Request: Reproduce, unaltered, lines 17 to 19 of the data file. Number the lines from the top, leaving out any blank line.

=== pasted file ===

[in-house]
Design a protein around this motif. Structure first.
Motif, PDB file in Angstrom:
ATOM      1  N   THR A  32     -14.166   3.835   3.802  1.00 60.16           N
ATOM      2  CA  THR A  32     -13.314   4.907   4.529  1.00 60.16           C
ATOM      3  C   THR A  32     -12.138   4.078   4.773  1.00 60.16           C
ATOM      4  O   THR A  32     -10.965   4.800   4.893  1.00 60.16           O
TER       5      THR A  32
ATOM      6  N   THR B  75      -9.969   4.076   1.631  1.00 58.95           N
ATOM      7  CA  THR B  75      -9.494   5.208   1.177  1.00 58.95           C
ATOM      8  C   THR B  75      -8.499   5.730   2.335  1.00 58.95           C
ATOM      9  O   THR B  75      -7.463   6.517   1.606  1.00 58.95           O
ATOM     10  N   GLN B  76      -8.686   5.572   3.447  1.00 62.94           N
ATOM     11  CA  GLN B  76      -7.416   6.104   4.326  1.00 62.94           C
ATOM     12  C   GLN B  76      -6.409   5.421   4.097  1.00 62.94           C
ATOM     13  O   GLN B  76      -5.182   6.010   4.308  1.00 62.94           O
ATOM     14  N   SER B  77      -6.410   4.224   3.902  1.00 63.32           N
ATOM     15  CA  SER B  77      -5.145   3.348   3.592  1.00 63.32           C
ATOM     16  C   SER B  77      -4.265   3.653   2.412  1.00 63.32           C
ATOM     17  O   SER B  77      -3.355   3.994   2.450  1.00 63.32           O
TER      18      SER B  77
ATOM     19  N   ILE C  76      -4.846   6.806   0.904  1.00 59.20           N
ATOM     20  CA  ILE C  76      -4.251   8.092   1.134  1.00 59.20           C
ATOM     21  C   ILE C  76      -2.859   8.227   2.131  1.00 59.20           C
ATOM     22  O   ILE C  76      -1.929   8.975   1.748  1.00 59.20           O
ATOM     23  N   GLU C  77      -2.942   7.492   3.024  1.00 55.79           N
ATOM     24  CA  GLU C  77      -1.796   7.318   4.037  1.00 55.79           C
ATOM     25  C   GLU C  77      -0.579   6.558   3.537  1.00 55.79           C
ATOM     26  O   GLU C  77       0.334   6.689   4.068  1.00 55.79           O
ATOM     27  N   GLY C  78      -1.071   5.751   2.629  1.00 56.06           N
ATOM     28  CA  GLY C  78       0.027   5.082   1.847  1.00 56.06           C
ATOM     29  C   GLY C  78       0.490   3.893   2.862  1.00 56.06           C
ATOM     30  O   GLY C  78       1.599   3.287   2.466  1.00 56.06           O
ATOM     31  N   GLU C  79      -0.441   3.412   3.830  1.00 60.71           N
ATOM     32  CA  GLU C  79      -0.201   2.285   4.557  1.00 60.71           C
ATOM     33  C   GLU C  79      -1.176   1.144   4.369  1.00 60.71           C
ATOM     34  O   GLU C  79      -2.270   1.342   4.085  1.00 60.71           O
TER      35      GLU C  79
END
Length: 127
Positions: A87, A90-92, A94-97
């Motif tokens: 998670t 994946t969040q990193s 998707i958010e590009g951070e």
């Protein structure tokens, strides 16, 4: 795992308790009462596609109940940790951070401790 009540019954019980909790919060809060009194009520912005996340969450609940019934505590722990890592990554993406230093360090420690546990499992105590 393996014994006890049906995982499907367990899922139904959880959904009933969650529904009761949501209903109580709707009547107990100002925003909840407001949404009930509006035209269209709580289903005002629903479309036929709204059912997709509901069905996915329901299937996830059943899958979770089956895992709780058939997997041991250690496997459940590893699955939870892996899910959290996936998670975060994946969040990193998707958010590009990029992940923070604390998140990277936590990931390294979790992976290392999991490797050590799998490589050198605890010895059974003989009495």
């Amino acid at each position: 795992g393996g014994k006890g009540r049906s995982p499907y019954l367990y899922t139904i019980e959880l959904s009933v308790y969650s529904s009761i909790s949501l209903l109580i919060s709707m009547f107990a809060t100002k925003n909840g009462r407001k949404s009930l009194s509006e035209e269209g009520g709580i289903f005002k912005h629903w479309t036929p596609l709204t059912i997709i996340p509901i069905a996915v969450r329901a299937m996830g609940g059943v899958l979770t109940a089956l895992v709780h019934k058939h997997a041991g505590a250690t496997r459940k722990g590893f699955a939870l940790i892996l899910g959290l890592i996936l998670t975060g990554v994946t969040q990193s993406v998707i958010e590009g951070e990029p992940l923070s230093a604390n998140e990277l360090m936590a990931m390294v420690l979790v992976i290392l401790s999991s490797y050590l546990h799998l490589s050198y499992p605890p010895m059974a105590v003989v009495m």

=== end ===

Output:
ATOM     14  N   SER B  77      -6.410   4.224   3.902  1.00 63.32           N
ATOM     15  CA  SER B  77      -5.145   3.348   3.592  1.00 63.32           C
ATOM     16  C   SER B  77      -4.265   3.653   2.412  1.00 63.32           C